Proud Camp Nubar alumnus and Cambridge-based cultural anthropologist Sophia Balakian is currently researching transnational refugee resettlement and the systems that govern these policies. Now completing her post-doctoral fellowship at the Academy for International and Area Studies at Harvard University, Balakian is working on her book about the plight of African refugee communities, based on her field work in Kenya and the United States. The subject couldn’t be more relevant and instructive at a time when refugee issues are prominent in the news media but not all communities are covered adequately. Balakian fills in the blanks.
Q. What led you to study the refugee communities of African countries in particular?
A. My interest in refugees and displacement was largely rooted in my own family history and story. As a descendant of survivors of the genocide, I grew up around a lot of stories about survival and displacement and adaptation. As someone who participated in the cultural and social life of the Armenian community growing up, primarily through Camp Nubar, I was really interested in how a community defined this identity out of this traumatic past, what that meant for a community generations later. Those questions really animated me and my interest in cultural anthropology and social issues, but my specific interest in refugees and displacement largely came out of the narratives I grew up around about my family. The book that I’m working on right now is about refugee resettlement systems.
Q. Which regions of Africa does your work focus on?
A. I work between Nairobi, the capital city of the east African country of Kenya, and the U.S. Kenya is a huge host of refugees from around east Africa, central Africa, and the Horn of Africa. Many of these folks live in refugee camps, and many of them live in the capital. Often, they live between the capital and refugee camps.
Q. What aspects of the refugee experience do you research?
A. I study displaced people, who are living in Nairobi, mostly from Somalia, and the Democratic Republic of the Congo. My focus is the humanitarian and political systems that work to govern and aid refugees, and that bring refugees to a third country. Not their home country or their country of first asylum, which is Kenya, but a third country, which will grant them a path to citizenship. I focus on U.S. policy, and how refugees navigate these complex systems, which are often designed to keep them at bay. On one hand, these are systems that purport to aid refugees, but refugees have very little recourse to these systems, or ability to access them on their own terms. One of the questions that drives my research is, why, in this age, are refugees treated with so much suspicion and mistrust?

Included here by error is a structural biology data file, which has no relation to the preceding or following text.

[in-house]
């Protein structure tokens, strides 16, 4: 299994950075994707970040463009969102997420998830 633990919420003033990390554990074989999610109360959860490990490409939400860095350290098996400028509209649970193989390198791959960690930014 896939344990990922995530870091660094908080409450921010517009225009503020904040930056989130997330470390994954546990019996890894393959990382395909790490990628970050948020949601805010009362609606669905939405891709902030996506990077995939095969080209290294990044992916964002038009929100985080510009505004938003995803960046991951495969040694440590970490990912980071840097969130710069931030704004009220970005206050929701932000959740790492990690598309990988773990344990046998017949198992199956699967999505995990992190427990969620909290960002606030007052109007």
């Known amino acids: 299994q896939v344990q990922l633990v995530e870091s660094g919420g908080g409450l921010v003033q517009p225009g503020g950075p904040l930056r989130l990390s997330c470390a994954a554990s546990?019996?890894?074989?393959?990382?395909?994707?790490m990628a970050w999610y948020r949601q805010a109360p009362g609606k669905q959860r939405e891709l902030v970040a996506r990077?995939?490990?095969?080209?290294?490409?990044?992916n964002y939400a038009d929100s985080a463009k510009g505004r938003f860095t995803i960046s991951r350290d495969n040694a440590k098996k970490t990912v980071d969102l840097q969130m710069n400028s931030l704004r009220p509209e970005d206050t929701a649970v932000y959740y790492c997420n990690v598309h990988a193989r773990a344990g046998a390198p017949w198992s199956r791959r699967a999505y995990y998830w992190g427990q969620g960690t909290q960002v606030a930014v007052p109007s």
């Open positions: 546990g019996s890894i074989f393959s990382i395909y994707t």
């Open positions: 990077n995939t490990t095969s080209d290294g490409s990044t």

Q. What key insights have you gained from your work in African communities?
A. While programs like refugee resettlement, where refugees are resettled to a country that will offer them a path to citizenship, like the U.S., are outwardly humanitarian, they are also very much structured by national security imperatives and concerns. Refugees’ ability to access these programs and their ability to make demands or make claims or put forth their rights, are very, very, very limited. One of the things I find is that there’s enormous mistrust between organizations that aid refugees, and refugees themselves, and that humanitarianism appears to be increasingly structured by or undergirded by, security concerns in an age of war on terror and securitization.
Q. What are the main challenges in reuniting refugee families?
A. One of the questions I pursued in my research was the introduction of DNA testing in reunification cases. I explored what happens when families formed out of the crucible of war and death, displacement and violence, are required to fit a biological nuclear family model. What I found in that case is that refugee reunification programs can disrupt families as much as they reunify them. And this wouldn’t be unfamiliar to a lot of Armenian families, the families that have escaped civil war and violence are often much more complex than a simple biological nuclear family.
As we see family separations on the U.S. Mexico border, and other issues coming up in immigration policy, there are certain themes that are coming up more publicly. The introduction of DNA testing in the U.S. refugee family reunification program first came up in about 2008, and then was seriously implemented in 2012. That was a period when the U.S. refugee program was not much in the public discourse, and that’s changed a bit since the current administration. We’re hearing a lot more about refugees, I think, than we did five or 10 years ago.
Q. How has your work impacted your worldview?
A. It is emotionally and psychologically challenging working with folks who often seem to be in very hopeless situations. In other ways, you see that people are very resilient and despite a lack of the rights and protections that are theoretically guaranteed by citizenship, people are finding ways to make do. There’s pain and suffering, but there’s also resilience.
Banner photo: Balakian in her office at Harvard University in Carmbridge, Massachusetts. Photo by Noah Willman